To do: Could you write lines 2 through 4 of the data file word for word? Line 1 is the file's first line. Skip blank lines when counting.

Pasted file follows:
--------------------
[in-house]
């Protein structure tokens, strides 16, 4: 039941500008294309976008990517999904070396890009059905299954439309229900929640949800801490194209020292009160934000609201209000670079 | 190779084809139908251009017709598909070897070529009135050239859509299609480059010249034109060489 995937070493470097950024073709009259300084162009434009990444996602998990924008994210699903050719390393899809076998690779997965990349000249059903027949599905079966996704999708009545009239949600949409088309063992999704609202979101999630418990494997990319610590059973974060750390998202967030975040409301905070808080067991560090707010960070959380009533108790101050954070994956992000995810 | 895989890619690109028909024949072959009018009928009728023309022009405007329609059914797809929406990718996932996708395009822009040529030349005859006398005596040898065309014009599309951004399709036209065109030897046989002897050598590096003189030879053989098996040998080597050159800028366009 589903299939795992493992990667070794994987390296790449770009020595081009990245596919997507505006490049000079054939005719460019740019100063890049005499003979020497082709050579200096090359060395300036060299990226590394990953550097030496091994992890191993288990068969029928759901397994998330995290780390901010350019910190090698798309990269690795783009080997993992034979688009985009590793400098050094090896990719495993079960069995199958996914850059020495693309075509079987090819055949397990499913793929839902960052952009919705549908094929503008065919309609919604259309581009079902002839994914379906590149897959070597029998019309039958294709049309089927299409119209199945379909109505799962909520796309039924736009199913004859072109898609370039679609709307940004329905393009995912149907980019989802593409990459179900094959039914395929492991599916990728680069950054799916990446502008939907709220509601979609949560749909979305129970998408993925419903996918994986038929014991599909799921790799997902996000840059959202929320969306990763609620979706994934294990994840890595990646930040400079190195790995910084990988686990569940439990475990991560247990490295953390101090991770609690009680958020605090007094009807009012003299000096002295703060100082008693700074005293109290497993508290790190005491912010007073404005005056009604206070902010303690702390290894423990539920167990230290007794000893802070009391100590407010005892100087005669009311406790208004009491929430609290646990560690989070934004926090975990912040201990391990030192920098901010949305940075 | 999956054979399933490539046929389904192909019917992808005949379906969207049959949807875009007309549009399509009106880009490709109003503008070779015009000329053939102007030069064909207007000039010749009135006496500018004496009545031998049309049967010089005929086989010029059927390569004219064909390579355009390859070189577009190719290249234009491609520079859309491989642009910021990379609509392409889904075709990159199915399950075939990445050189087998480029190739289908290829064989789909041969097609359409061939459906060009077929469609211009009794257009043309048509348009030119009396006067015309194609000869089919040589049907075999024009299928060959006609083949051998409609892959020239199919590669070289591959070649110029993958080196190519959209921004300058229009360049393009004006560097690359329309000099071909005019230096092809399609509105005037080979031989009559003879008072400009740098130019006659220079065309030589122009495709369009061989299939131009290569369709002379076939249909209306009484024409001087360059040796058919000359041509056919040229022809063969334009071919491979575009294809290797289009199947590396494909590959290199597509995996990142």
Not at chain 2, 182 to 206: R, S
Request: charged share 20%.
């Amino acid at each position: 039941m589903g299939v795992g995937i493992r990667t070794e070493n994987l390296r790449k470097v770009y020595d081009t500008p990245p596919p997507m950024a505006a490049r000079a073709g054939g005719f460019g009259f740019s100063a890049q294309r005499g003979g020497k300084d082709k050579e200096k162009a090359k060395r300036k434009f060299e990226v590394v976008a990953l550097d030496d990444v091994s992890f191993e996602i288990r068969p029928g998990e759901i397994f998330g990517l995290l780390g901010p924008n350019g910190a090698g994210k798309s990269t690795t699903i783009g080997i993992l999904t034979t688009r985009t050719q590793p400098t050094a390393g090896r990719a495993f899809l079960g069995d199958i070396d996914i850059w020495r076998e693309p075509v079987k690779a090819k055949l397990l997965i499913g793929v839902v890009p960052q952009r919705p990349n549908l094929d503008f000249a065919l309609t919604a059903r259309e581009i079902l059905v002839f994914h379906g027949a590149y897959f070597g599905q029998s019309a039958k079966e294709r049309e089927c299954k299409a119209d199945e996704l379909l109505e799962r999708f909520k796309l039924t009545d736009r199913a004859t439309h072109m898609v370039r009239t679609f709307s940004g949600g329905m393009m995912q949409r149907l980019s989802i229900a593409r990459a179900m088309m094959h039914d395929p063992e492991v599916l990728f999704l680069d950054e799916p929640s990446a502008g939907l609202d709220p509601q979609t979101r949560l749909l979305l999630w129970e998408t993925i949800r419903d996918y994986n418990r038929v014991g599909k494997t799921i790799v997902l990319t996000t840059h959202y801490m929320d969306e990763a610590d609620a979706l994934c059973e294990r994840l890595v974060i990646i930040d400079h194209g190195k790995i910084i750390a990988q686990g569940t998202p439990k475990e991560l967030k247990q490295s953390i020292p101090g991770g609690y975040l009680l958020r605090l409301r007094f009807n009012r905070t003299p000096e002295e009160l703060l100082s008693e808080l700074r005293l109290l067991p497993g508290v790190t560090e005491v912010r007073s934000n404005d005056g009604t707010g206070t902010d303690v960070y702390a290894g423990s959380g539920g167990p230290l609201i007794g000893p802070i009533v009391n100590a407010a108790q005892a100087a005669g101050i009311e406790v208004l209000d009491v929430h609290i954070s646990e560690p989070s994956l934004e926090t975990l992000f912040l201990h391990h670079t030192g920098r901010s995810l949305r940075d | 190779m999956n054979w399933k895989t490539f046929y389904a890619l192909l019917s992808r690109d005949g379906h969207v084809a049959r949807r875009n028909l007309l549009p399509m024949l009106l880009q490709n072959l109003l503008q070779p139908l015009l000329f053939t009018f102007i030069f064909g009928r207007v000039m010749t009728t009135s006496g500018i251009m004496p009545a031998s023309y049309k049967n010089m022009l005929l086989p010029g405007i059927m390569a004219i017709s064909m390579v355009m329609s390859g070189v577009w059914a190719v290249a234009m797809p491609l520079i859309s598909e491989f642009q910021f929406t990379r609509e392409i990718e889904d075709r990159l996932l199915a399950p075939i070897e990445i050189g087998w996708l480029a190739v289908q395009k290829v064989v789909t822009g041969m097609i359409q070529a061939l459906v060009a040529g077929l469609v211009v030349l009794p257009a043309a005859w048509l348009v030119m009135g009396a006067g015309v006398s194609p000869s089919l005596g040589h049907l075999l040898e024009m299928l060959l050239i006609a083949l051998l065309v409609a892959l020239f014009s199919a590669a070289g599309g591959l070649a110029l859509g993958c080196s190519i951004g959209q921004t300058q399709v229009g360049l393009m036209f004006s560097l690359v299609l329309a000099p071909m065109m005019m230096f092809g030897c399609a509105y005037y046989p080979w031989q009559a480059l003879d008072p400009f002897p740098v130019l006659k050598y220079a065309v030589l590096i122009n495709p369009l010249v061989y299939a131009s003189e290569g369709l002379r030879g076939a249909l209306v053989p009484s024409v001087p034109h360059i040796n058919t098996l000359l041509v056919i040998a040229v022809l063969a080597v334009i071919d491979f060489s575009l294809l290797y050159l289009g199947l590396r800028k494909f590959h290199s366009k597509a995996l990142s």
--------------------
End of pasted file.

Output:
């Protein structure tokens, strides 16, 4: 039941500008294309976008990517999904070396890009059905299954439309229900929640949800801490194209020292009160934000609201209000670079 | 190779084809139908251009017709598909070897070529009135050239859509299609480059010249034109060489 995937070493470097950024073709009259300084162009434009990444996602998990924008994210699903050719390393899809076998690779997965990349000249059903027949599905079966996704999708009545009239949600949409088309063992999704609202979101999630418990494997990319610590059973974060750390998202967030975040409301905070808080067991560090707010960070959380009533108790101050954070994956992000995810 | 895989890619690109028909024949072959009018009928009728023309022009405007329609059914797809929406990718996932996708395009822009040529030349005859006398005596040898065309014009599309951004399709036209065109030897046989002897050598590096003189030879053989098996040998080597050159800028366009 589903299939795992493992990667070794994987390296790449770009020595081009990245596919997507505006490049000079054939005719460019740019100063890049005499003979020497082709050579200096090359060395300036060299990226590394990953550097030496091994992890191993288990068969029928759901397994998330995290780390901010350019910190090698798309990269690795783009080997993992034979688009985009590793400098050094090896990719495993079960069995199958996914850059020495693309075509079987090819055949397990499913793929839902960052952009919705549908094929503008065919309609919604259309581009079902002839994914379906590149897959070597029998019309039958294709049309089927299409119209199945379909109505799962909520796309039924736009199913004859072109898609370039679609709307940004329905393009995912149907980019989802593409990459179900094959039914395929492991599916990728680069950054799916990446502008939907709220509601979609949560749909979305129970998408993925419903996918994986038929014991599909799921790799997902996000840059959202929320969306990763609620979706994934294990994840890595990646930040400079190195790995910084990988686990569940439990475990991560247990490295953390101090991770609690009680958020605090007094009807009012003299000096002295703060100082008693700074005293109290497993508290790190005491912010007073404005005056009604206070902010303690702390290894423990539920167990230290007794000893802070009391100590407010005892100087005669009311406790208004009491929430609290646990560690989070934004926090975990912040201990391990030192920098901010949305940075 | 999956054979399933490539046929389904192909019917992808005949379906969207049959949807875009007309549009399509009106880009490709109003503008070779015009000329053939102007030069064909207007000039010749009135006496500018004496009545031998049309049967010089005929086989010029059927390569004219064909390579355009390859070189577009190719290249234009491609520079859309491989642009910021990379609509392409889904075709990159199915399950075939990445050189087998480029190739289908290829064989789909041969097609359409061939459906060009077929469609211009009794257009043309048509348009030119009396006067015309194609000869089919040589049907075999024009299928060959006609083949051998409609892959020239199919590669070289591959070649110029993958080196190519959209921004300058229009360049393009004006560097690359329309000099071909005019230096092809399609509105005037080979031989009559003879008072400009740098130019006659220079065309030589122009495709369009061989299939131009290569369709002379076939249909209306009484024409001087360059040796058919000359041509056919040229022809063969334009071919491979575009294809290797289009199947590396494909590959290199597509995996990142």
Not at chain 2, 182 to 206: R, S
Request: charged share 20%.